The theme of Hamlet: Death and Decay Essay
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Shakespeare’s play Hamlet is a well known and has been overly discussed about throughout the world. Finding out just one theme of Hamlet has been an argument for a long time and many agree with me in saying that there isn’t just one theme but many sub-themes that go on throughout the whole story. As I read the play, Hamlet, I was filled with many images that sparked my imagination and was mostly dark and dreadful. The imagery of disease, corruption, and decay contributes to the theme of death, and decay.
The aura of tragedy is present from the beginning to the end of the play; the only slight reprieve of the dark mood comes in the Gravediggers’ scene, but even the comedy of this scene is morbid. The play immediately starts out with this evil dark imagery and is clear throughout the play and not limited to the last act when majority of the cast is struck by death.
From the beginning of the play the reader/viewer can tell that this play is not going to be about bunny rabbits and fields of flowers. In the first scene, an atmosphere of darkness and uneasiness is immediately established. The gloom of the castle, the eerie midnight darkness, and the “bitter cold” all create a sense of dread as the change of guard takes place and the soldiers talk in fearful tones about the ghostly figure that they have seen. The soldier on duty, Francisco, feels “sick at heart” and eagerly welcomes Bernardo, even though he admits that his has been a “quiet guard.” Francisco’s sickness cannot be merely caused by the coldness of the winter night. It gives imaginative expression to the rottenness in the state of Denmark. Shakespeare marvelously establishes the place and mood within the first twenty lines of the play.
The ghost mysterious silence and quick departure further darkens the atmosphere of the opening scene of the play. Shakespeare immediately writes about death with the presence of ghost. In order for there to be a ghost in a story someone has to have died. The late king is dead and now walks the grounds in purgatory. The presence of a ghost scares the guards they are struck with fear and wonder.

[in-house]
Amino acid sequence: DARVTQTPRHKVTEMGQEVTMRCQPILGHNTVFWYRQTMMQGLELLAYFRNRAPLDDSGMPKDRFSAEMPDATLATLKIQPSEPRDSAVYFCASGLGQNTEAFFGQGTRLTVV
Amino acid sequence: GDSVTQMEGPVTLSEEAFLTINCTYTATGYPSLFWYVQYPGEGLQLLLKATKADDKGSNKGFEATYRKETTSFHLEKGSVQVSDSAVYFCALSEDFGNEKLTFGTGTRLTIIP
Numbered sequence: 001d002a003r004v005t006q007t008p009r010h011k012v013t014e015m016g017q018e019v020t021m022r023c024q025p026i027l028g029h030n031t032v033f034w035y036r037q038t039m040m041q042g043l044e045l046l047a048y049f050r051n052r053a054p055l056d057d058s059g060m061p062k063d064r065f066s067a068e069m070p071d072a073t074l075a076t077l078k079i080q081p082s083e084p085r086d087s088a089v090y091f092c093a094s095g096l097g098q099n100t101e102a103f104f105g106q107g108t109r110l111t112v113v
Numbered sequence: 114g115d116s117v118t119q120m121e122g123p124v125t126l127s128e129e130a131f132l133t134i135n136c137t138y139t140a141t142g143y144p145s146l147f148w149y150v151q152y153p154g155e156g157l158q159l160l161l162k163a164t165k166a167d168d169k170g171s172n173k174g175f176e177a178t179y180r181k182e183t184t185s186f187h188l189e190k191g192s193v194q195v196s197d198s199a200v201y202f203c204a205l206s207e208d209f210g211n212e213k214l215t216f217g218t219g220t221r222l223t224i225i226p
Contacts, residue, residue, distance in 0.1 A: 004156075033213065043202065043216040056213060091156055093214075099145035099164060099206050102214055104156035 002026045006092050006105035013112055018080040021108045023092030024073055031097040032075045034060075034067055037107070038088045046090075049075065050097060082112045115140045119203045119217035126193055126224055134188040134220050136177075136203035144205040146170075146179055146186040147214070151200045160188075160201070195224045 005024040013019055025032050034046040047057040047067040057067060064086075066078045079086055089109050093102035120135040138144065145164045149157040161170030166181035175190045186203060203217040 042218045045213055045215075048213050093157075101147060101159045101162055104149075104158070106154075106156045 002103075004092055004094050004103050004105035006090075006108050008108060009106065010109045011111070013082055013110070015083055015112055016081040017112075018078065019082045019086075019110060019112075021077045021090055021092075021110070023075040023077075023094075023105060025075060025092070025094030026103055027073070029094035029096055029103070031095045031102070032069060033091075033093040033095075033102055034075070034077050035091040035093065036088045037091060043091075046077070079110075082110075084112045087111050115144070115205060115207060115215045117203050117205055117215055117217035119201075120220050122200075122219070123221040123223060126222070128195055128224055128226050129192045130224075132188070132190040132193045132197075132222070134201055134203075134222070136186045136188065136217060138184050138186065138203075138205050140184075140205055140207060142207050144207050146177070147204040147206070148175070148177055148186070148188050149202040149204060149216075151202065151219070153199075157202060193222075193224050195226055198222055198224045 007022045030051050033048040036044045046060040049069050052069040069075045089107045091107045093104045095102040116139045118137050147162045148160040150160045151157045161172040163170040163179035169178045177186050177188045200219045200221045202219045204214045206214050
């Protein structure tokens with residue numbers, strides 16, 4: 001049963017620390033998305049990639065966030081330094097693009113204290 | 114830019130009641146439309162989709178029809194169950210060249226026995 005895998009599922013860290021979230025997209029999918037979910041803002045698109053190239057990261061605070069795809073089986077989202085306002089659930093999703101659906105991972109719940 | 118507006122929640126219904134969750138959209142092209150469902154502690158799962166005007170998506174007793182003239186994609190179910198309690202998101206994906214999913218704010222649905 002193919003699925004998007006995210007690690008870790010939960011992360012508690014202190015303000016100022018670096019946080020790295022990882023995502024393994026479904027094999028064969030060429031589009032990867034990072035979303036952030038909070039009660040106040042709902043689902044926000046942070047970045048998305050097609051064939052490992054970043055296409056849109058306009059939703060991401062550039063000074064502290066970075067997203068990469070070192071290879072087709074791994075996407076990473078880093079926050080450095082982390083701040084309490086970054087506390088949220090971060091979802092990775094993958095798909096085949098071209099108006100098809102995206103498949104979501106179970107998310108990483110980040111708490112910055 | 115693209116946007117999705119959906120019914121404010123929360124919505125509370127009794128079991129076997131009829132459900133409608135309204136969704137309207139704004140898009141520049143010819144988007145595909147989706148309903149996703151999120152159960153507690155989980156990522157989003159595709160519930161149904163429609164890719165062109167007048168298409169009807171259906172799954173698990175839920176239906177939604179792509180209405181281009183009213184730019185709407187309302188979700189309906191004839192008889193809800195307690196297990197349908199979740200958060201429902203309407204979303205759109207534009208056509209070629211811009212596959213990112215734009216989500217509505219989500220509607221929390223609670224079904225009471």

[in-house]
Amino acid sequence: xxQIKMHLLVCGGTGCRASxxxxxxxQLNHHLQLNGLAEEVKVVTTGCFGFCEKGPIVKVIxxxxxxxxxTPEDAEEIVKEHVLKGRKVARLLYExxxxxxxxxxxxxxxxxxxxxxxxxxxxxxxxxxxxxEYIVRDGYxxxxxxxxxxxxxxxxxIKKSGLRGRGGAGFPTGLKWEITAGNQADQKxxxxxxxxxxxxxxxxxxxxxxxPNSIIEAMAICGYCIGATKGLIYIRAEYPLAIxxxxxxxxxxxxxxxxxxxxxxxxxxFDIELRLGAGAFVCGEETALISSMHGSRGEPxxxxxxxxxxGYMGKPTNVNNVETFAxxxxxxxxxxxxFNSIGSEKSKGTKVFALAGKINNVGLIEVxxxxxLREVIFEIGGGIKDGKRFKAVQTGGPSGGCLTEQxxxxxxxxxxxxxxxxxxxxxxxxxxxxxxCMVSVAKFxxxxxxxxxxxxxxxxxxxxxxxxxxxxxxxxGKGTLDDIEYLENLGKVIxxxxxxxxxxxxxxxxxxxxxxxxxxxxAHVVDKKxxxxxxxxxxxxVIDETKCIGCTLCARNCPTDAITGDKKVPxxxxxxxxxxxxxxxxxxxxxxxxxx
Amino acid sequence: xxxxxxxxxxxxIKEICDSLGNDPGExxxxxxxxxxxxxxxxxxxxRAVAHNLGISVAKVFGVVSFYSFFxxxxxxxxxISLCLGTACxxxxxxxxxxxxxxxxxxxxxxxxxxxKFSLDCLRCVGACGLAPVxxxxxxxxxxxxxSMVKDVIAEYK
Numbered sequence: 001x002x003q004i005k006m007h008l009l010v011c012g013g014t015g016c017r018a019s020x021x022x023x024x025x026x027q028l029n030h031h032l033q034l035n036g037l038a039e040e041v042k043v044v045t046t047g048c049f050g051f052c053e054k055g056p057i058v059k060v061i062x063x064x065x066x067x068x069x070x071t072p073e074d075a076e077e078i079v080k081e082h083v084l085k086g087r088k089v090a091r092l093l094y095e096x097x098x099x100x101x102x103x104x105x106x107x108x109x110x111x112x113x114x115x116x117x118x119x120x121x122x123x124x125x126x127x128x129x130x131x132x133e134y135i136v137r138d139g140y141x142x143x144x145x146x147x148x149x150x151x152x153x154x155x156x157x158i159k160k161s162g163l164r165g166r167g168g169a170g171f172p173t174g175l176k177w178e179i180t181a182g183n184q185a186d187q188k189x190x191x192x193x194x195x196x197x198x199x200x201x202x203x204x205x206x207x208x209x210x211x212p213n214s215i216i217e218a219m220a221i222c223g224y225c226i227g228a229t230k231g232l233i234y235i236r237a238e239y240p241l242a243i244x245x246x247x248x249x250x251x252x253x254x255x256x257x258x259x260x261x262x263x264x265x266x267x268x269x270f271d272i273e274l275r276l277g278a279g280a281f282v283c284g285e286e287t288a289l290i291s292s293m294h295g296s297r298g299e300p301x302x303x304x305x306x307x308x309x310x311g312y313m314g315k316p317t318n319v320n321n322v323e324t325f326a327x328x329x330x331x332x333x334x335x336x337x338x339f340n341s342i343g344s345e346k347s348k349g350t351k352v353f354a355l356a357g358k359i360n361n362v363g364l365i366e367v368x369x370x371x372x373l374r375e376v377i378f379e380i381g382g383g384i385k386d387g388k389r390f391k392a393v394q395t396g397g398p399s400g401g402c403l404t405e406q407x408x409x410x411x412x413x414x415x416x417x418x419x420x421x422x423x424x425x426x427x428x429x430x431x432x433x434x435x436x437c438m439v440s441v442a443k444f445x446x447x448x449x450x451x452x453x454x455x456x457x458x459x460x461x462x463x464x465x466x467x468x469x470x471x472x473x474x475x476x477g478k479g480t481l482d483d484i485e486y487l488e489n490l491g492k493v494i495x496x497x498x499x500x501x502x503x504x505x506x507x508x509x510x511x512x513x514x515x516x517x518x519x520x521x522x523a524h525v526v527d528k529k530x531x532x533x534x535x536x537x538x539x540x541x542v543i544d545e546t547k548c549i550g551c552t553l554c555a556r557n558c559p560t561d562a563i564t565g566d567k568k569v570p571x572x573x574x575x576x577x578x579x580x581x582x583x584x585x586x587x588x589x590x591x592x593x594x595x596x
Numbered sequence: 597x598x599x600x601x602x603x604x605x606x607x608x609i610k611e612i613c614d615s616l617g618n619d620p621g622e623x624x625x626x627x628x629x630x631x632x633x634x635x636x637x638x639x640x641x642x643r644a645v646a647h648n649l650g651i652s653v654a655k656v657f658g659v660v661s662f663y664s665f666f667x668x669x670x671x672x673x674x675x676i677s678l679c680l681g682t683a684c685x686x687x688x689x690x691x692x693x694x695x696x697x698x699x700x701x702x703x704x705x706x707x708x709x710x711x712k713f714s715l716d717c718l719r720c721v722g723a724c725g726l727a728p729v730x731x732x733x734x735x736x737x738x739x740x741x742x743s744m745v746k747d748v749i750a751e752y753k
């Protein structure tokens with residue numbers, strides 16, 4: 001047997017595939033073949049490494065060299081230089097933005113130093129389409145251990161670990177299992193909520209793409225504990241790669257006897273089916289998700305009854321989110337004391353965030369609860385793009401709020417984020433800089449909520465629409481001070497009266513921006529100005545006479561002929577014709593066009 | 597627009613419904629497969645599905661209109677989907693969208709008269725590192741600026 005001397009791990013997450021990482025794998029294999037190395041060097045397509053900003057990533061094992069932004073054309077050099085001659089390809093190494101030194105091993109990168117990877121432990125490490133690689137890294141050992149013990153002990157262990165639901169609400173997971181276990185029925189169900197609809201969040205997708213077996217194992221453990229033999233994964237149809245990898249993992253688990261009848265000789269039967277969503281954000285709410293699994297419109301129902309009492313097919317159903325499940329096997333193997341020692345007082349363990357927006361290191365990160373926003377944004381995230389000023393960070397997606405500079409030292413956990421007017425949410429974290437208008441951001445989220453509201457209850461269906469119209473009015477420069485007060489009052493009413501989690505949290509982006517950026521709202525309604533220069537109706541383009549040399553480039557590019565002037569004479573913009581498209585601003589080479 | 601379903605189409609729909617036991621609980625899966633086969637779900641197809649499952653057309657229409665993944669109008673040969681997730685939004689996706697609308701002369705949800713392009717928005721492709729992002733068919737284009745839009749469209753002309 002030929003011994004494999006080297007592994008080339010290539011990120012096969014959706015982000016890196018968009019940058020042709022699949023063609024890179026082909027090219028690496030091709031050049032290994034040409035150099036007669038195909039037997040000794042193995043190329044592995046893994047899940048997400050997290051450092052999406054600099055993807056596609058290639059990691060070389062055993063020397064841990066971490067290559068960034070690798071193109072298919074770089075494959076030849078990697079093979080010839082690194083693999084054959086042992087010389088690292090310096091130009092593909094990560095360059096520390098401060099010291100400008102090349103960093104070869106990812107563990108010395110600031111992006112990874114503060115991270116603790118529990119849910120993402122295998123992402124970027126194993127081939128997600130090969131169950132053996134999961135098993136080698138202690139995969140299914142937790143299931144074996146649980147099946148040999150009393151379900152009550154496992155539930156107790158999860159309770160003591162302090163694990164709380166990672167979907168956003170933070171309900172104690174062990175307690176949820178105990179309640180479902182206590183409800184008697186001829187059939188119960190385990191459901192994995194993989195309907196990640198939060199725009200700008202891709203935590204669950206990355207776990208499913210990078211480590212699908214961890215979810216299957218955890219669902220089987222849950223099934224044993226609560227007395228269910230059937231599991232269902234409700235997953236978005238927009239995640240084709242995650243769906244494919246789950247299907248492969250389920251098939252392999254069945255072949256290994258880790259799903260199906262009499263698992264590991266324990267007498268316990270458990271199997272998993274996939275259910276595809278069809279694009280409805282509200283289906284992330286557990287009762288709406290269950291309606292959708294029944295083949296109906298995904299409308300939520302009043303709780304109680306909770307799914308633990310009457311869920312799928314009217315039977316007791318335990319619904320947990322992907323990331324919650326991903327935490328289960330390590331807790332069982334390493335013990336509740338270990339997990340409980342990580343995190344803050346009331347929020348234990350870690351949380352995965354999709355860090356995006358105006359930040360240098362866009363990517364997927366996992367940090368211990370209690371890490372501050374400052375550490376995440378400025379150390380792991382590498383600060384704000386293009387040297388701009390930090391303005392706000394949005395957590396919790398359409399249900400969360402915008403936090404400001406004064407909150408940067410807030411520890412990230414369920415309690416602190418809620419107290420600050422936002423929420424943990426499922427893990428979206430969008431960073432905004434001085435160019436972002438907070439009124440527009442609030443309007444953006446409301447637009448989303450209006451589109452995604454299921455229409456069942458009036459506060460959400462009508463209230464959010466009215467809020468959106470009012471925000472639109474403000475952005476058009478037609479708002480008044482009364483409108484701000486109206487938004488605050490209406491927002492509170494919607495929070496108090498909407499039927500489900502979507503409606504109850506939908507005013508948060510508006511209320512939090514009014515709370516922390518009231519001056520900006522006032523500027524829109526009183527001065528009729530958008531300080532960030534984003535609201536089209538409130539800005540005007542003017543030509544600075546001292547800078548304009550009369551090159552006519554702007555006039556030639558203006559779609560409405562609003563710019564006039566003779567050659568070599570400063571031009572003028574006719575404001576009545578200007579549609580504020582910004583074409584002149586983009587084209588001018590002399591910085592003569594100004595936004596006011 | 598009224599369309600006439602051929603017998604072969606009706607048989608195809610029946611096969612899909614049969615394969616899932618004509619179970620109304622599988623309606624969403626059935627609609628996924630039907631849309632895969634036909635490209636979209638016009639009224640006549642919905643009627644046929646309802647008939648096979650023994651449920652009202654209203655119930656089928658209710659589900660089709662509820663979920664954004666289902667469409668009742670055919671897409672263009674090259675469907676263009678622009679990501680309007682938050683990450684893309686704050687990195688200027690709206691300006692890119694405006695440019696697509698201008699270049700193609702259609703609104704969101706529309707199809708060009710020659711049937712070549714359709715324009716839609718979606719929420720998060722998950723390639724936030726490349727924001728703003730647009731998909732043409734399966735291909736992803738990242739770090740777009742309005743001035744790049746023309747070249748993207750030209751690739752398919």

More imagery is used by Shakespeare to enforce the theme of death and decay in Hamlet’s first soliloquy. ” O that this too too sullied flesh would melt, thaw, and resolve itself into a dew (I, II, 130)” and “seems to me all the uses of this world… tis an unweeded garden that grows to seed. Things rank gross in nature posses it merely (I, II, 136). The imagery of the unweeded garden in his soliloquy symbolizes the fall from a state of perfection and order. Hamlet explains that his dark clothes and other external signs of mourning are nothing in comparison with what he feels in his heart. He is disgusted with life, and the world appears to him “weary, stale, flat, and, unprofitable,” a place fit for only those who are gross and ill of nature. Hamlet longs to die and wishes that suicide were not a sin. He is outraged by his mother’s hasty marriage to his Uncle.
When the play could go to a happier mood, about Hamlet and Ophelia falling in love is doesn’t and instead goes a different way. Scene two shows both Ophelia’s brother Laertes and her father Polonius talking to her staying away from Hamlet and his wishes aren’t good. “Perhaps he loves you now, and now no soil nor cautel doth besmirch….but you must fear (I, III, 15) “Fear it, Ophelia, fear it, my dear sister ….Be wary then; best safety lies in fear. (I, III, 43) Polonius is trying to tell Ophelia to be cautions around Hamlet and to avoid him. A time in a play that could have got light and lovely; Shakespeare makes it a warning of fear to Ophelia of Hamlet.
In the fourth scene the setting again returns to the eerie battlements of the castle at midnight. Hamlet has come to join the guards and Horatio in hopes to see the ghost. Hamlet is convinced that the appearance of his father’s apparition is an omen of foul play that will soon be revealed. Hamlet exclaims, “My father’s spirit in arms! All is not well. (I, II, 260)”